A Toyota pickup and a passenger car collided head-on Thursday, October 3, 2019, around 9:40 on US 27 in Butler killing the driver and a passenger in the car. Police have not provided details on how the crash occurred, so it’s unknown which vehicle crossed the centerline on the highway.
A second passenger in the car, which was a minor child, was airlifted to a local hospital, and her condition is unknown at this time. The driver of the Toyota pickup truck was not injured, and no charges have been filed as of yet.
A head-on collision is one of the deadliest types of an accident and causes more serious injuries in fatalities than other all other types of crashes. According to the National Highway Traffic and Safety Administration, only 2 percent of all crashes are head-on collisions yet they make up roughly 10 percent of all fatalities in a given year.
The reason for this is the violence of an impact that has the weight and speed of both vehicles directly contributing to the collision, and the result is injuries that are significantly more serious than other two-vehicle crashes.
Rural Head-On Collisions
In a report on head-on collisions, the NHSTA says that head-on collisions are more prevalent on rural highways accounting for around 53 percent of the nation’s fatal accidents yet only 33 percent total miles driven in the U.S. is on rural roads.
Why are Rural Roads More Dangerous?
Some of the reasons given by safety and traffic experts on why there are more fatalities on rural highways is the prevalence of head-on collisions. Rural road lanes are narrower, have less shoulder room and are not divided by barriers or a median.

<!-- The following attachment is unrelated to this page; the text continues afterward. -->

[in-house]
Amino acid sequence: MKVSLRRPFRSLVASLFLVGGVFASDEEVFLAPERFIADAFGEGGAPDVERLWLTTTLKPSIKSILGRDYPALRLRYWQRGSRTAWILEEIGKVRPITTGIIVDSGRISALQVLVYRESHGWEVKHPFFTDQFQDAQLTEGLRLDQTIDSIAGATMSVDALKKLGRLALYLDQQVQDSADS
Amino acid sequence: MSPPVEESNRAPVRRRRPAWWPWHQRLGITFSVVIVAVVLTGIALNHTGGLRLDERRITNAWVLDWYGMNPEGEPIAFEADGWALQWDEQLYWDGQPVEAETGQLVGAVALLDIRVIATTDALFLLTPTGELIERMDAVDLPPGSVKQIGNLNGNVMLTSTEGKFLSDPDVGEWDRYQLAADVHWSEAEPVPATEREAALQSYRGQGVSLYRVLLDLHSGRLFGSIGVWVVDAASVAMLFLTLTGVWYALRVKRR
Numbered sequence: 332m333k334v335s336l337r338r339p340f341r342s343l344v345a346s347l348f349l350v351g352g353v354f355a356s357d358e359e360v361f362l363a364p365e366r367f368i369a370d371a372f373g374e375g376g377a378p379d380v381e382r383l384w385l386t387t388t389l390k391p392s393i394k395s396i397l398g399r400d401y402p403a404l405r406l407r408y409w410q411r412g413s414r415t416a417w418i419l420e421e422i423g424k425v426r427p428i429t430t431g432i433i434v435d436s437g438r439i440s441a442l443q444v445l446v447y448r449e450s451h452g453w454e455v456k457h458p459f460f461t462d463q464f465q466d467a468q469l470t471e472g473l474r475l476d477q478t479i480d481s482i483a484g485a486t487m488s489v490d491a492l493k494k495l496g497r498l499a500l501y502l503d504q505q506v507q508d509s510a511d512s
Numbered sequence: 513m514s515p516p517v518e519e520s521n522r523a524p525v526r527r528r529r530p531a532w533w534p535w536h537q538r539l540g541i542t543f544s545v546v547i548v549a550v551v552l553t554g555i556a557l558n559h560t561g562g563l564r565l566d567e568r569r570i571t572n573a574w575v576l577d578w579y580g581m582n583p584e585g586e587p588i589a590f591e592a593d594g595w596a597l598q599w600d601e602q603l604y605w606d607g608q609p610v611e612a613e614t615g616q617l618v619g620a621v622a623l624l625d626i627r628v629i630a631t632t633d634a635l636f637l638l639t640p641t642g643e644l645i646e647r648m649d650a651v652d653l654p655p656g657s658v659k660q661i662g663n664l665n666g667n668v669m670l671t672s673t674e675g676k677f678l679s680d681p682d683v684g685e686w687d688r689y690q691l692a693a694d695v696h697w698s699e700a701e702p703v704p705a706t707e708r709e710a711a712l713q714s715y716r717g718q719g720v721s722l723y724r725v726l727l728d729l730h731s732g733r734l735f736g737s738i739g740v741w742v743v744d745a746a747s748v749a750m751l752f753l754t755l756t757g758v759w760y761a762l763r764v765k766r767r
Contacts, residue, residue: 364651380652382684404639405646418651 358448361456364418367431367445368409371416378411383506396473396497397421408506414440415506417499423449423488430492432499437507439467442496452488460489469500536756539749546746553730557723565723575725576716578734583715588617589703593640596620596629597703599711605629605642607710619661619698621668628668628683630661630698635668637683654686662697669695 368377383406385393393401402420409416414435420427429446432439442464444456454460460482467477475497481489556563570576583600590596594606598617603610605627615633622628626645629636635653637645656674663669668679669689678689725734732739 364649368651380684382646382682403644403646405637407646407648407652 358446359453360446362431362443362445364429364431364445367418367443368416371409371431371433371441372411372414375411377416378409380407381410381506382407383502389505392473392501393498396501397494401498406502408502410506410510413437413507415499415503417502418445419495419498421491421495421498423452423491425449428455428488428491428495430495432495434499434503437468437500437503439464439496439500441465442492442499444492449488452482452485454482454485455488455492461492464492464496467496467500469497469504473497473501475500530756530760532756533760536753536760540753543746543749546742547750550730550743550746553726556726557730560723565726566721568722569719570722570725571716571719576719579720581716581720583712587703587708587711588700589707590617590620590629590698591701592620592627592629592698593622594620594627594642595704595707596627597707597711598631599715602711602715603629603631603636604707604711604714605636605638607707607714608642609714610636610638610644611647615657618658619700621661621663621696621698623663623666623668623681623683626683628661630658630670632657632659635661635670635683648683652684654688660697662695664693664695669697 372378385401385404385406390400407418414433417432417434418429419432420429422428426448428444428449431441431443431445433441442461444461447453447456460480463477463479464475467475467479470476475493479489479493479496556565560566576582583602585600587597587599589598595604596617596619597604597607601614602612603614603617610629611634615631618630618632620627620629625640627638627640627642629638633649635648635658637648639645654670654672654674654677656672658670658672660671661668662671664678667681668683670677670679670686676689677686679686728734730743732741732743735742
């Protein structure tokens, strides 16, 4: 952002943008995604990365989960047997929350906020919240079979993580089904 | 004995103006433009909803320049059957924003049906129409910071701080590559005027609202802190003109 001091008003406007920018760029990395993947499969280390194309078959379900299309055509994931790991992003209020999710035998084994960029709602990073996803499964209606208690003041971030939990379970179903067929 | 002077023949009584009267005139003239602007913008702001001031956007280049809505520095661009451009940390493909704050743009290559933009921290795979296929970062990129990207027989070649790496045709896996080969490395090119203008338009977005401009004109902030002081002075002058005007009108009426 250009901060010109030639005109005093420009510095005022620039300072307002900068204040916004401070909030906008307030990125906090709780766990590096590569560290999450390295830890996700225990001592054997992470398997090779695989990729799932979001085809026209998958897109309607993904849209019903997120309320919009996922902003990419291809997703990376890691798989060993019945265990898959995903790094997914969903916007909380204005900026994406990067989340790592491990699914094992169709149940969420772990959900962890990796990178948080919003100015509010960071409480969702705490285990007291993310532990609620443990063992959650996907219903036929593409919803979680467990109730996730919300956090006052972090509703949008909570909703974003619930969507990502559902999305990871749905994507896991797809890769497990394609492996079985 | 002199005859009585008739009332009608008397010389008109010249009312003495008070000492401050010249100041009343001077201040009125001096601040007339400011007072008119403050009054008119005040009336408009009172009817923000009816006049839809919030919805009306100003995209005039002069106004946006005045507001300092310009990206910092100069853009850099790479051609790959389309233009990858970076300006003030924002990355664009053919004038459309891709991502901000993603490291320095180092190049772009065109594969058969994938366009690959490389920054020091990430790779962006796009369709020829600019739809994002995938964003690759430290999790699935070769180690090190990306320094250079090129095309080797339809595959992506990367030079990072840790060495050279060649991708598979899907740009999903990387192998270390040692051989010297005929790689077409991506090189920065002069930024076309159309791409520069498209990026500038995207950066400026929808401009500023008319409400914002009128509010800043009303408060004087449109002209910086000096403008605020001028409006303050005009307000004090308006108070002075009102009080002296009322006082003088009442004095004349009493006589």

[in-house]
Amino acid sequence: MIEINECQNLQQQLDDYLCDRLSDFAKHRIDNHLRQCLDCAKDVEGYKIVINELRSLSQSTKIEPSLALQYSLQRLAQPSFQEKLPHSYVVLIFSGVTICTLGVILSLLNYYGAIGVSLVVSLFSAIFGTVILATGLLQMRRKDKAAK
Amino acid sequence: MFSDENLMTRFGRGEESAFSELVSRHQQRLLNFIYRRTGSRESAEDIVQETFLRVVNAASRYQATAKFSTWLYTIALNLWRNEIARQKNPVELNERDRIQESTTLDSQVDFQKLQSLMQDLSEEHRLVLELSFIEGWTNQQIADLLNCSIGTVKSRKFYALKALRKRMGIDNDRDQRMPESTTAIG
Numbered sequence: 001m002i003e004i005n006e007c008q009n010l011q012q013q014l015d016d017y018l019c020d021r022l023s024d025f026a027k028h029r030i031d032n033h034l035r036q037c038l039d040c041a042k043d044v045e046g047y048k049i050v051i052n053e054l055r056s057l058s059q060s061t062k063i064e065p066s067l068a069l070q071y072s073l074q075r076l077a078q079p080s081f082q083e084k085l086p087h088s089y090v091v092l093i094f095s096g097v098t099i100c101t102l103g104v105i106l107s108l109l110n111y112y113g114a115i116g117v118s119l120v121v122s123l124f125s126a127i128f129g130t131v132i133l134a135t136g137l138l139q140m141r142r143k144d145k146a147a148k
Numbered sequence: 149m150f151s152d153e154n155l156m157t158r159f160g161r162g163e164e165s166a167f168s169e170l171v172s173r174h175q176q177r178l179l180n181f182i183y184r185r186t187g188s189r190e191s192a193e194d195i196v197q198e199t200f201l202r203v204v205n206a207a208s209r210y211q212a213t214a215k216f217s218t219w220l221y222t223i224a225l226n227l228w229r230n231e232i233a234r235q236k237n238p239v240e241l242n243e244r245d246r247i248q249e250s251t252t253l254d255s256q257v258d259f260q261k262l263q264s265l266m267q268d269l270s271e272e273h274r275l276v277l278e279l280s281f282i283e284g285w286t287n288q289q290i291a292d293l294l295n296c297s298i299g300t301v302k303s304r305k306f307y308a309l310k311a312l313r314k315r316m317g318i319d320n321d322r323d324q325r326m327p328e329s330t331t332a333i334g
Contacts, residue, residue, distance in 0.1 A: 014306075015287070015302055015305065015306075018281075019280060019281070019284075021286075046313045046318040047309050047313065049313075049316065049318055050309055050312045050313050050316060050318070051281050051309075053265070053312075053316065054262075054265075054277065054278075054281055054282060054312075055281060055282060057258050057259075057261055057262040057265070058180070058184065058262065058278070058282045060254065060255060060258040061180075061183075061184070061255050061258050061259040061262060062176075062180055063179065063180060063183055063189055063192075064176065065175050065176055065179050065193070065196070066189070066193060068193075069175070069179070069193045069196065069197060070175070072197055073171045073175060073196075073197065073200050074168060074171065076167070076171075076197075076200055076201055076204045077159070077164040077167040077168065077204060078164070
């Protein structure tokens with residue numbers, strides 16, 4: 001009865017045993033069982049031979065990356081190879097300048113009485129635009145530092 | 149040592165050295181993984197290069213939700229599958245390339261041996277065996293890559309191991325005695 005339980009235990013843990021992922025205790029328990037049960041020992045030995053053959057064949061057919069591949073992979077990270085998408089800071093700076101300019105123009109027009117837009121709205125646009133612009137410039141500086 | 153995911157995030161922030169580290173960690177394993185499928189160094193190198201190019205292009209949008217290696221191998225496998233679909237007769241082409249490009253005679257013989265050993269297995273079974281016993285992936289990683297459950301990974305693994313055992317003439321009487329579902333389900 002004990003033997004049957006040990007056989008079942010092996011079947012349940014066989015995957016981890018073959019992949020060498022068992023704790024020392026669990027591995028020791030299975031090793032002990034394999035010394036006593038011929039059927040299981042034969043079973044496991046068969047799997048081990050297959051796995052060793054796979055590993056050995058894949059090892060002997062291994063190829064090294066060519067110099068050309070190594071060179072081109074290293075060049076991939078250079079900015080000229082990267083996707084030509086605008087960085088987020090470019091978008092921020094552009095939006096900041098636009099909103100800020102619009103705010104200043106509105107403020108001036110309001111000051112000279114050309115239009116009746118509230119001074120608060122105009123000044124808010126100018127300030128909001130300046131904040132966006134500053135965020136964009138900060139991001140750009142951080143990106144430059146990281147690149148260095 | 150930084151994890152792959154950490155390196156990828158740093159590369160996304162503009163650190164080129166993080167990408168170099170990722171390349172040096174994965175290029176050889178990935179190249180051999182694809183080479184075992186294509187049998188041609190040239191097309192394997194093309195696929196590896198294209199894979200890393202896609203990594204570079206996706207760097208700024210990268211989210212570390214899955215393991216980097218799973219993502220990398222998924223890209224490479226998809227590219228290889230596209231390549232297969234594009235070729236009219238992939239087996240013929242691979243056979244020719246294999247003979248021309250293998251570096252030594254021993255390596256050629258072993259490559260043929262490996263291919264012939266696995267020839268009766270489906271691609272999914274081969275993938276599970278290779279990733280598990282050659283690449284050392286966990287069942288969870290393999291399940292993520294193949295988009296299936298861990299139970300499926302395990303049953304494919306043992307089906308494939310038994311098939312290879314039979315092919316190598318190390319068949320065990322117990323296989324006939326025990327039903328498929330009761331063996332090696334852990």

Most rural highway roads have a speed of 50 mph or greater, and this means that an impact is the same as someone crashing at 100 plus miles an hour. Passing on rural highways also contribute to the number of head-on collisions as many times the passing car doesn’t make it back in their lane quick enough.
Head-On Collision Injuries
- Blunt Force Trauma
- Head Injuries/Traumatic Brain Injuries
- Broken Bones
- Chest Compressions
- Organ Damage
- Internal Injuries/Bleeding
- Air bag injuries
Contact an Auto Accident Attorney
Accident victims often wonder if they need an attorney, and the answer is almost always yes. The insurance company agents have years of experience and are good at their job which is to pay you as little as possible or nothing at all. You need someone just as experienced to help you level the field. Talk to someone you can trust to be on your side and get you what is yours under the law.
The attorneys at Kaufman and Stigger, PLLC, have that knowledge and a combined 100 years’ experience in helping clients get the results they deserve. To discuss your case, call Kaufman & Stigger, PLLC today, at (800) 937-8443 or click here to contact them online.